Police demand details of barrister who held up blank piece of paper amid arrests of anti-monarchy protesters

Police demanded the details of a man who held up a “blank piece of paper” outside parliament, amid a string of arrests targeting anti-monarchy protesters.

Paul Powlesland, who is a barrister, filmed his interaction with an officer who claimed that the sign “may offend” people if he wrote “not my King” on it.

Mr Powlesland said he was threatened with arrest, writing on Twitter: “Just went to Parliament Square and held up a blank piece of paper.

“Officer came and asked for my details. He confirmed that if I wrote ‘Not My King’ on it, he would arrest me under the Public Order Act because someone might be offended.”

The lawyer added: “A period of quiet mourning for the Queen is fine, but using that period to cement Charles accession as King and cracking down on any dissent to the accession as disrespectful is outrageous.”

It followed the arrest of a heckler who shouted at Prince Andrew in Edinburgh and the charge of a woman who held up a sign saying “abolish monarchy” at a proclamation ceremony for Charles III.

Mr Powlesland filmed part of his interaction with a police officer who approached him on Monday afternoon, hours after the King attended a ceremony with parliamentarians in Westminster Hall.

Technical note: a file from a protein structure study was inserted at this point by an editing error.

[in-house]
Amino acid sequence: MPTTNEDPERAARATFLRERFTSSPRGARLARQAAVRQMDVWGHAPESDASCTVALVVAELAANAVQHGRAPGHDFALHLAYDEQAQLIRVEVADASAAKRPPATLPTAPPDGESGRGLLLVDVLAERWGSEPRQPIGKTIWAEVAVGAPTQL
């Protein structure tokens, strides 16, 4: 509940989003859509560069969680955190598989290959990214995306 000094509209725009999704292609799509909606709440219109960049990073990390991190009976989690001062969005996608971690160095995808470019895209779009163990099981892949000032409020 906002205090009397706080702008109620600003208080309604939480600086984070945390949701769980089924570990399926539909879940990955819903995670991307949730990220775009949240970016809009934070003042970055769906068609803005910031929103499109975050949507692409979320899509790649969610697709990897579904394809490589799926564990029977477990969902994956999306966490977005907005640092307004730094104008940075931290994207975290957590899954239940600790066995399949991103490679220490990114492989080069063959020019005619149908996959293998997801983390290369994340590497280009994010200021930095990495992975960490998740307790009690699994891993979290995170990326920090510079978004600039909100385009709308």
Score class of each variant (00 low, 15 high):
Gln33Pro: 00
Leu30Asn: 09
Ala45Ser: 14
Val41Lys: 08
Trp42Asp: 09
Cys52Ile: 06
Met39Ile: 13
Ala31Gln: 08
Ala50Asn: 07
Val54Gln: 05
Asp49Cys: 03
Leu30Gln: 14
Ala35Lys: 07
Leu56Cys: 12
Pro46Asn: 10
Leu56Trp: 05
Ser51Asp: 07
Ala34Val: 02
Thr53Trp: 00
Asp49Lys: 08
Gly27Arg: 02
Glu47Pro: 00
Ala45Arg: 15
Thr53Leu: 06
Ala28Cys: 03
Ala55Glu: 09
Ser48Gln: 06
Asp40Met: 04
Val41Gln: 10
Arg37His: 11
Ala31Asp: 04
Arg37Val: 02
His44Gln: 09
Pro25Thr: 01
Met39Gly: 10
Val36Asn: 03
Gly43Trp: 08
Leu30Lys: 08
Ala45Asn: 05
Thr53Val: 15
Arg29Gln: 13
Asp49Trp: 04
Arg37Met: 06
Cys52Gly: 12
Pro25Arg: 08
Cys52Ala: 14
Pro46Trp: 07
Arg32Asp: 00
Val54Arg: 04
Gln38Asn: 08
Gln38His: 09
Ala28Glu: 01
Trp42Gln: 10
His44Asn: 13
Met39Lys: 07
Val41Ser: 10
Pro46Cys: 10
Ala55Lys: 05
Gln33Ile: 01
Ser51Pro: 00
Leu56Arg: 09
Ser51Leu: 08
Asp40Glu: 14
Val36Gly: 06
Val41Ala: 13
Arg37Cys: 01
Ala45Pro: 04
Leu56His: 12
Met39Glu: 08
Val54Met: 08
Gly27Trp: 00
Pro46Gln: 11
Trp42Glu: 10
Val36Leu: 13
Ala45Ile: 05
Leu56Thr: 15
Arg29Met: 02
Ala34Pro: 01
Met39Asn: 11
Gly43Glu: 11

The footage showed Mr Powlesland asking the officer why he was asking for his personal details.

“Just so I can check and make sure you can be here,” the officer replied.

Mr Powlesland said he was merely in the city where he lived and noted that other people had been arrested.

“I was holding up a blank sign, why are you asking for my details?” he asked.

The officer replied: “Because you said you were going to write stuff on it that may offend people around the King … it may offend someone.”

Mr Powlesland said: “I said I was going to write ‘not my King’ on a sign and you ask for my details? Who’s that going to offend?”

The recorded ended with the officer telling the barrister he would give him some “advice”. No arrest is believed to have been made.

Legal author the Secret Barrister wrote on Twitter that the officer had misinterpreted the Public Order Act, adding: “Unless the sign if threatening or abusive, no offence is committed. Being merely offensive is not an offence.”

The exchange came hours after police were filmed moving a woman holding a placard saying “not my King” away from the Houses of Parliament.

A spokesperson for the Metropolitan Police said: “A member of the public was asked to move away from the Carriage Gates outside the Palace of Westminster this morning in order to facilitate vehicle access and egress through the gates.

“She was not arrested and was not asked to leave the wider area.”

Carriage Gates was the location where terrorist Khalid Masood murdered a police officer in 2017, in the first Isis-inspired terror attack to strike the UK, and the entrance is constantly guarded.

Related Articles

Bir cavab yazın

Sizin e-poçt ünvanınız dərc edilməyəcəkdir.

Back to top button